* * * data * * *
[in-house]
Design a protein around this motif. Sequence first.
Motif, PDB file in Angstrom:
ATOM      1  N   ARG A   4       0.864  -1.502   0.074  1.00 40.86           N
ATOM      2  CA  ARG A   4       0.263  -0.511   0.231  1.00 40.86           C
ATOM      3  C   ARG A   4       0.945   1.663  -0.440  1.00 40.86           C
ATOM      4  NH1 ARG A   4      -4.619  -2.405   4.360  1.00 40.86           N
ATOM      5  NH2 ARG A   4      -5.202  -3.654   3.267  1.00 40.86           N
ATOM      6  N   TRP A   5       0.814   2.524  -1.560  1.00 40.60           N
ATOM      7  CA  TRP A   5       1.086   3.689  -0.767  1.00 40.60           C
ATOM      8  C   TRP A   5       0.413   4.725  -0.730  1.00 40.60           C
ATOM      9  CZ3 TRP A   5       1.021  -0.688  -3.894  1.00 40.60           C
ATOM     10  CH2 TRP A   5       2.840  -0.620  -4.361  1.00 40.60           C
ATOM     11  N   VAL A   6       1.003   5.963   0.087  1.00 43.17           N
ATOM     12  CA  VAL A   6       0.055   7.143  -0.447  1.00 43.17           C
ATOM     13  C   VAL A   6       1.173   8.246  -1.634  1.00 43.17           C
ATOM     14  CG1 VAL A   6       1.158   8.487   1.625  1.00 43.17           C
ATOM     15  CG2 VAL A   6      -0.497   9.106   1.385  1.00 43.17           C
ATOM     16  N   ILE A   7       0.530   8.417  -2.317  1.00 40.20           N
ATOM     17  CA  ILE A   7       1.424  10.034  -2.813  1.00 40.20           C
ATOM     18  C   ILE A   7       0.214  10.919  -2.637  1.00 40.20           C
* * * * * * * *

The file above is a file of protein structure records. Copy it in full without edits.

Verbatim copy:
[in-house]
Design a protein around this motif. Sequence first.
Motif, PDB file in Angstrom:
ATOM      1  N   ARG A   4       0.864  -1.502   0.074  1.00 40.86           N
ATOM      2  CA  ARG A   4       0.263  -0.511   0.231  1.00 40.86           C
ATOM      3  C   ARG A   4       0.945   1.663  -0.440  1.00 40.86           C
ATOM      4  NH1 ARG A   4      -4.619  -2.405   4.360  1.00 40.86           N
ATOM      5  NH2 ARG A   4      -5.202  -3.654   3.267  1.00 40.86           N
ATOM      6  N   TRP A   5       0.814   2.524  -1.560  1.00 40.60           N
ATOM      7  CA  TRP A   5       1.086   3.689  -0.767  1.00 40.60           C
ATOM      8  C   TRP A   5       0.413   4.725  -0.730  1.00 40.60           C
ATOM      9  CZ3 TRP A   5       1.021  -0.688  -3.894  1.00 40.60           C
ATOM     10  CH2 TRP A   5       2.840  -0.620  -4.361  1.00 40.60           C
ATOM     11  N   VAL A   6       1.003   5.963   0.087  1.00 43.17           N
ATOM     12  CA  VAL A   6       0.055   7.143  -0.447  1.00 43.17           C
ATOM     13  C   VAL A   6       1.173   8.246  -1.634  1.00 43.17           C
ATOM     14  CG1 VAL A   6       1.158   8.487   1.625  1.00 43.17           C
ATOM     15  CG2 VAL A   6      -0.497   9.106   1.385  1.00 43.17           C
ATOM     16  N   ILE A   7       0.530   8.417  -2.317  1.00 40.20           N
ATOM     17  CA  ILE A   7       1.424  10.034  -2.813  1.00 40.20           C
ATOM     18  C   ILE A   7       0.214  10.919  -2.637  1.00 40.20           C